You can’t quite see him in the film clips, but he’s there. Wearing a very 1960s suit and tie, Dr. Philip Corfman is seated at the witness table, reading testimony he prepared in response to Senator Gaylord Nelson’s (D-WI) questions about how much Federal government researchers knew about oral contraceptives’ safety. As the physician in charge of contraceptive research at the National Institutes of Health (NIH) in the 1970s, Dr. Corfman was accustomed to giving his expert opinion about oral contraceptives in an academic manner, without many interruptions.

But that wasn’t exactly what happened at the Senate hearing held on January 23, 1970. What did occur, including Dr. Corfman’s response, led to an enduring relationship of respect and support between Phil Corfman and the National Women’s Health Network that continues to this day. It also created great film clips, some of which were included in the PBS documentary “American Experience: The Pill”.

On that day in 1970, Dr. Corfman unexpectedly found himself in the center of a feminist protest when DC Women’s Liberation disrupted his first attempt to testify at the U.S. Senate hearing on oral contraceptives and patients’ right to information. Members of the DC Women’s Liberation, led by Alice Wolfson, were furious that the Senators had organized a hearing about women’s health — without seeking testimony from a single woman. They used civil disobedience techniques to repeatedly disrupt the Senate hearing and insist that decision-makers hear from women themselves about their experiences, advocating that only in this way could any solutions be truly responsive to women’s concerns. In disrupting the hearing, the women also wreaked havoc with Dr. Corfman’s first attempt to give his testimony. But, instead of being offended, when the room was finally quiet enough to continue the hearing, Dr. Corfman turned to the Senators and said that “many of the questions the women posed were valid and important” – an unexpected vote of support from a White, male ObGyn!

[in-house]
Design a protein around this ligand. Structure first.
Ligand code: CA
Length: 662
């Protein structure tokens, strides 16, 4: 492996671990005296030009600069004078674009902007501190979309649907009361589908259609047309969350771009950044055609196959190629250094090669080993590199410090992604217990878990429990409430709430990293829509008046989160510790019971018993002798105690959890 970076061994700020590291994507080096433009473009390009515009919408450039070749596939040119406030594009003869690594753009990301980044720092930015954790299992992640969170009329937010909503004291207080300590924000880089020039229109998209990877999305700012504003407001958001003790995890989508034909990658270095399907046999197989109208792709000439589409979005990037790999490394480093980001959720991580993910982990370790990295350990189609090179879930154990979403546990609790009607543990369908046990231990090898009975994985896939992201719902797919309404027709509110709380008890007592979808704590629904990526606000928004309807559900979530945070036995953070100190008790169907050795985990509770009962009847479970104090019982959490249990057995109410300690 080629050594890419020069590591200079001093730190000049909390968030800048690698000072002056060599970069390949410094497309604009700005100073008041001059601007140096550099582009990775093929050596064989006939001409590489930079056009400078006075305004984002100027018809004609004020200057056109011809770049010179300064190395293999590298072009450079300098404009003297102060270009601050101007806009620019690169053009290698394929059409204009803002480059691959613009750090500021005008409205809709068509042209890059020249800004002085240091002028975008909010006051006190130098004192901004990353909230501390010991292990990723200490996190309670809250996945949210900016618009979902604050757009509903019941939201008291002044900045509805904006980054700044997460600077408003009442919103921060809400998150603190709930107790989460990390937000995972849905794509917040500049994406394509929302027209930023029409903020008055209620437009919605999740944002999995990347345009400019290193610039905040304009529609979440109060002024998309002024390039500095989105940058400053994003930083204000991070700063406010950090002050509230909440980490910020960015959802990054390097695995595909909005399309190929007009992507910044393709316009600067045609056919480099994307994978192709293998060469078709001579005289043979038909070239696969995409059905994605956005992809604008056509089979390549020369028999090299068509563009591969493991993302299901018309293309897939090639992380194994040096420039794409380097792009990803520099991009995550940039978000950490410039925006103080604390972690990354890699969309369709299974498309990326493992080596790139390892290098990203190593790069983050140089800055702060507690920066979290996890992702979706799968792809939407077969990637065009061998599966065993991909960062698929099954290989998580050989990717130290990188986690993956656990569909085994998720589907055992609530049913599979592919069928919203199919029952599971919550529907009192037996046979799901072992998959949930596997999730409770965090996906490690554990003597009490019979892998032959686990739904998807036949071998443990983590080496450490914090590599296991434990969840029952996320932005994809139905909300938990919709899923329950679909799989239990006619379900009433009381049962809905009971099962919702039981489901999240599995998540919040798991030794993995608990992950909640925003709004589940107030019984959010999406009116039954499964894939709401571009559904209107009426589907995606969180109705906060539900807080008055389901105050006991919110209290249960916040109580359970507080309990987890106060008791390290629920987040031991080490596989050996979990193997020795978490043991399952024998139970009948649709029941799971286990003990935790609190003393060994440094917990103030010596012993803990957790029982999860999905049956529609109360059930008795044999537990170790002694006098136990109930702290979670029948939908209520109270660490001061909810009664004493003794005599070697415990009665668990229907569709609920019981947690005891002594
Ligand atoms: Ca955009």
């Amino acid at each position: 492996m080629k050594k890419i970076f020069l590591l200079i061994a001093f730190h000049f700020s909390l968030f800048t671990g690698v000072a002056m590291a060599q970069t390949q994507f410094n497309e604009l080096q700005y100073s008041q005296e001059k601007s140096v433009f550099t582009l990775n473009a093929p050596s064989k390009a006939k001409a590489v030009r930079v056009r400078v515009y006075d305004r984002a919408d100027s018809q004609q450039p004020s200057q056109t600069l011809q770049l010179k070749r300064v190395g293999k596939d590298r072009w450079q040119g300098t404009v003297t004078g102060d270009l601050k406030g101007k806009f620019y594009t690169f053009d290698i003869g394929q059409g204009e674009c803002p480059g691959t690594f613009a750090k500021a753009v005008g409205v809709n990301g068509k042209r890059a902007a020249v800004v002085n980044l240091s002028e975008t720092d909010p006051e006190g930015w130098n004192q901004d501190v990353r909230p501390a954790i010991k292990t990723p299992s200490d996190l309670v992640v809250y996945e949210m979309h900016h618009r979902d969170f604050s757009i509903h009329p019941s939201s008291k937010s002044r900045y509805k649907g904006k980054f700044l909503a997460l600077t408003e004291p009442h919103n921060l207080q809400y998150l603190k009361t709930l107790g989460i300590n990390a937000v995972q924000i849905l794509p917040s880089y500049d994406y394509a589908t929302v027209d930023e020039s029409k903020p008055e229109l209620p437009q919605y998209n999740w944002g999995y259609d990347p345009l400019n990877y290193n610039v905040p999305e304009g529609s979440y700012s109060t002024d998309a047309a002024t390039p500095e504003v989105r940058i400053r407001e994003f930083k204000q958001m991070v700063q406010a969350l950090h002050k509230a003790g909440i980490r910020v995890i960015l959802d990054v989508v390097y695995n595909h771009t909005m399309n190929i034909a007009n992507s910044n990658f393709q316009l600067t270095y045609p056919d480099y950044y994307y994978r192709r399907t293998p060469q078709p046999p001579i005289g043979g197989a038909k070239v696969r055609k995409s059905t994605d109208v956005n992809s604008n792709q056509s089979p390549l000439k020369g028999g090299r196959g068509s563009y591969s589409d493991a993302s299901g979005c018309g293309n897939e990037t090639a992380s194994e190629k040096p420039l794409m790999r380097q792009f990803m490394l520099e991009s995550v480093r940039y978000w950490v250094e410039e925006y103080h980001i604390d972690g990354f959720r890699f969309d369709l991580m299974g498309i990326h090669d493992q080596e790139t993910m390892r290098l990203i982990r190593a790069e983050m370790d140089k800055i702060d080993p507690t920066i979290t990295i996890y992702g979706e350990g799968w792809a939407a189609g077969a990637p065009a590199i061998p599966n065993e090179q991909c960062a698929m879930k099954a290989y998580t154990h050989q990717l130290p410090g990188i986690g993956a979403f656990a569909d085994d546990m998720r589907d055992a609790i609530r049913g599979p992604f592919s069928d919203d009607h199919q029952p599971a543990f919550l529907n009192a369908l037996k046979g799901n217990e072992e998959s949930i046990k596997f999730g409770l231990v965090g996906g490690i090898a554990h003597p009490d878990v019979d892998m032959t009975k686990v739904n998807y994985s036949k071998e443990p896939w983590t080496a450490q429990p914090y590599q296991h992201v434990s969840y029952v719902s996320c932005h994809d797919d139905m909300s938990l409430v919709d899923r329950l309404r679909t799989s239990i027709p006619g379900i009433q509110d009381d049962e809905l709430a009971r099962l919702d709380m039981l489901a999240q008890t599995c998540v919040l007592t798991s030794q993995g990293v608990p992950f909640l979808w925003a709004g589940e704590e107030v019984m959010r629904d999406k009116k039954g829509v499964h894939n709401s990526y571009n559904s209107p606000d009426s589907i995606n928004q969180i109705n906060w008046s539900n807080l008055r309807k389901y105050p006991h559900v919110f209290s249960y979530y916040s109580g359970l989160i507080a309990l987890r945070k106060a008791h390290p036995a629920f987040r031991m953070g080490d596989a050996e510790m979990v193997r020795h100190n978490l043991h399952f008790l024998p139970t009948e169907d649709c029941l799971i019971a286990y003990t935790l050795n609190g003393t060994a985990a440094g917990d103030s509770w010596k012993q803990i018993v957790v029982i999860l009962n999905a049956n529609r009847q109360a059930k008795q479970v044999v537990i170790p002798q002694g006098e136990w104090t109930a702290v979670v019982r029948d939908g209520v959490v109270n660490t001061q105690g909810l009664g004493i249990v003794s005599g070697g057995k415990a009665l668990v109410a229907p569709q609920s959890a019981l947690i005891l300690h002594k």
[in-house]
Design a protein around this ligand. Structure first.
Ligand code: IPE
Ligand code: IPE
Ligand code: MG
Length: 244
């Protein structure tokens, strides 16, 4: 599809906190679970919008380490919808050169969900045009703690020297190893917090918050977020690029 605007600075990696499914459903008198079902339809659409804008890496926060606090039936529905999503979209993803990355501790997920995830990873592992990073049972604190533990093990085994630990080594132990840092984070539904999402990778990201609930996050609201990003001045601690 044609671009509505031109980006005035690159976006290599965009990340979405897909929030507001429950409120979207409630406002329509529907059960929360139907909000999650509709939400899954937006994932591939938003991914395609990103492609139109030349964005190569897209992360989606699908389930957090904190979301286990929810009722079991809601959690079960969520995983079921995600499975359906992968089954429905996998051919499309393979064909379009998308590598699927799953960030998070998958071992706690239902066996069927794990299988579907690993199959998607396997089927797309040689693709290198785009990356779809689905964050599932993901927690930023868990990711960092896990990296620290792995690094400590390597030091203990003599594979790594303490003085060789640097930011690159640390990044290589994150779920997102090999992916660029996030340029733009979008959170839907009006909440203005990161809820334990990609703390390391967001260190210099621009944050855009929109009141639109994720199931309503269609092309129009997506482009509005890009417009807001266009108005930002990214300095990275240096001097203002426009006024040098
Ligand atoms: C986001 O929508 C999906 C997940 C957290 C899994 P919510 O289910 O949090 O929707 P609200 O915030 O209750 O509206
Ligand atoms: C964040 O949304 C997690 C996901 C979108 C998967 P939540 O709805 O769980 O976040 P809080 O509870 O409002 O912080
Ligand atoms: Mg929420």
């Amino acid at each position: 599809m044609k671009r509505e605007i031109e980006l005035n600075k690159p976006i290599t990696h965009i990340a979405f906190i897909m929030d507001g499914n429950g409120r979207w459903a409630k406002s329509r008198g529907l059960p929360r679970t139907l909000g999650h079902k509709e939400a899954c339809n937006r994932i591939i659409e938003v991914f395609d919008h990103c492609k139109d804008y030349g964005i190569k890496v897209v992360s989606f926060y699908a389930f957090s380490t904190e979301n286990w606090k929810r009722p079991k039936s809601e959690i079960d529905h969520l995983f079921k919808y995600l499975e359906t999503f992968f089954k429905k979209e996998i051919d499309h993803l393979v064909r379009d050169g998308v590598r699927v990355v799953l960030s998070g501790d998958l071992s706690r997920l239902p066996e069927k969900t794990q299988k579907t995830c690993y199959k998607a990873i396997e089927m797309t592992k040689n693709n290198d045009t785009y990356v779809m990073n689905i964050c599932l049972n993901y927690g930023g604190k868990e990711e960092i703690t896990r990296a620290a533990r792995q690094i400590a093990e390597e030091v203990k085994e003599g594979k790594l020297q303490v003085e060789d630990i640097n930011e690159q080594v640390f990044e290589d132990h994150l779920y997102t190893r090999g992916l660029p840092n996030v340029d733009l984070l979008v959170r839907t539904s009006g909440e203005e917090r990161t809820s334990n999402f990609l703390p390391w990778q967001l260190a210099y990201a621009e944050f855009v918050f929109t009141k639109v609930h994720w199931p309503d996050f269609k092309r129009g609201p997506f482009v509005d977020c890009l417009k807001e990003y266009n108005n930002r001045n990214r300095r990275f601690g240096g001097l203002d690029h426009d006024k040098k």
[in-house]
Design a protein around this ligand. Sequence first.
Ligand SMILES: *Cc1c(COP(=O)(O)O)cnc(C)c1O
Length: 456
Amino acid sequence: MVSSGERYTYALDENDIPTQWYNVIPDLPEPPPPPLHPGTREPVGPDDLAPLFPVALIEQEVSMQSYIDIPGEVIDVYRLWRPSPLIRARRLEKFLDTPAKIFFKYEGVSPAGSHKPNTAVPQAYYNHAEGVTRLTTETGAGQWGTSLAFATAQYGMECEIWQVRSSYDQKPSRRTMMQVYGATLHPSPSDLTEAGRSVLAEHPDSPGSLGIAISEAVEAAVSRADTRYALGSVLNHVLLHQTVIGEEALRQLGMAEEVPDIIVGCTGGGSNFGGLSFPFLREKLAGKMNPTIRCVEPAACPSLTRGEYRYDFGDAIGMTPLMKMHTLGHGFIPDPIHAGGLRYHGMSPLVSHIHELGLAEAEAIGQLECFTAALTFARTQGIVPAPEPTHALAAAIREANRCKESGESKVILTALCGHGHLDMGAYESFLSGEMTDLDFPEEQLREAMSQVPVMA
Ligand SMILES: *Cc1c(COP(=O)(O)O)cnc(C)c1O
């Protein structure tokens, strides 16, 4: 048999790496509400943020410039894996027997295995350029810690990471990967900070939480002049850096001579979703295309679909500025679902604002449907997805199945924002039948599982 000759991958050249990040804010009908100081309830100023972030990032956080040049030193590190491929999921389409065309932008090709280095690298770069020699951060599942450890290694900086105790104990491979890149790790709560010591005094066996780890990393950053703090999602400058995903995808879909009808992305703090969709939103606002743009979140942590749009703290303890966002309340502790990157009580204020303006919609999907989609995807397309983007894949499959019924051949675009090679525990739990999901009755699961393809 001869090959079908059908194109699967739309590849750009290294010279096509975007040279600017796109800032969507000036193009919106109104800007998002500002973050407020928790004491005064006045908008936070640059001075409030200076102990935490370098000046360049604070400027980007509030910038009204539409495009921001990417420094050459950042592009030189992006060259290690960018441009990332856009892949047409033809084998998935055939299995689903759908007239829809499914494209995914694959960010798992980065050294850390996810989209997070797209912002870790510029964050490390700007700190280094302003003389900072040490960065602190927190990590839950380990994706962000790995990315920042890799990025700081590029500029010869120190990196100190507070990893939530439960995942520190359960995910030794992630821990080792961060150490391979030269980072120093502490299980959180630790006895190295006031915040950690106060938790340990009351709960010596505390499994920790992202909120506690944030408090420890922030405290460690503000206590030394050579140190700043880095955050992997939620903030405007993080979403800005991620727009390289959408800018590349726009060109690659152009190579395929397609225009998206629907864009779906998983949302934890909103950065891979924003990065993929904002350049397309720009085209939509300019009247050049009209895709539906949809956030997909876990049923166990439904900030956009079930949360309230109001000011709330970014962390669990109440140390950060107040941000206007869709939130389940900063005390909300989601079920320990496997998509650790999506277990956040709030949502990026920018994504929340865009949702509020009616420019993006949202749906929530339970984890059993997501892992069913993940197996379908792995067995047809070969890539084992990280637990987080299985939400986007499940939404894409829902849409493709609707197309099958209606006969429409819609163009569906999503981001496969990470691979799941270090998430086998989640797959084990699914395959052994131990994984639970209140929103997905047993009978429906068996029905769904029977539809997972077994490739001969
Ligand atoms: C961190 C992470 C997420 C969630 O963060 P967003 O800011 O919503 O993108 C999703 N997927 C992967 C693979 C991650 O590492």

Phil’s respectful attitude towards women’s right to information about their own bodies wasn’t just a one-time gesture. After the hearing, Phil took the time to get to know Alice Wolfson, Barbara Seaman, and other women’s health activists who were concerned about this issue. He agreed with what they were trying to do, and he used his influence to become a powerful behind-the-scenes supporter of both the activists and the organization they eventually created – the National Women’s Health Network.

Nearly 40 years later, Phil Corfman remains a strong and steadfast supporter of NWHN. In 2007, Phil told me he was thinking about making a large gift to the Network in the form of an endowment. (For more information on endowments, see the box on the next page.) When we talked about his wishes for the endowment, Phil told me that he was especially interested in supporting individuals during the early stages of their involvement in women’s health, such as our interns. “It’s a way of building human capital,” he said, describing why the internship program is so important to him. With Phil’s encouragement, the Network is using his gift to launch the Eunice Corfman Internship Fund, named in honor of Phil’s late wife. (See the box on previous page.)

We’re very proud to accept our first endowment gift. It signals that the Network is here to stay! The Eunice Corfman Internship Fund awarded its first stipend in the summer of 2008, to Nicole Shah. Nicole is a Master’s student in Complementary and Alternative Medicine at Georgetown University here in Washington, DC. She will spend the summer at NWHN, learning first-hand how we research women’s health questions and using that research to support advocacy for policy changes to improve the health of all women.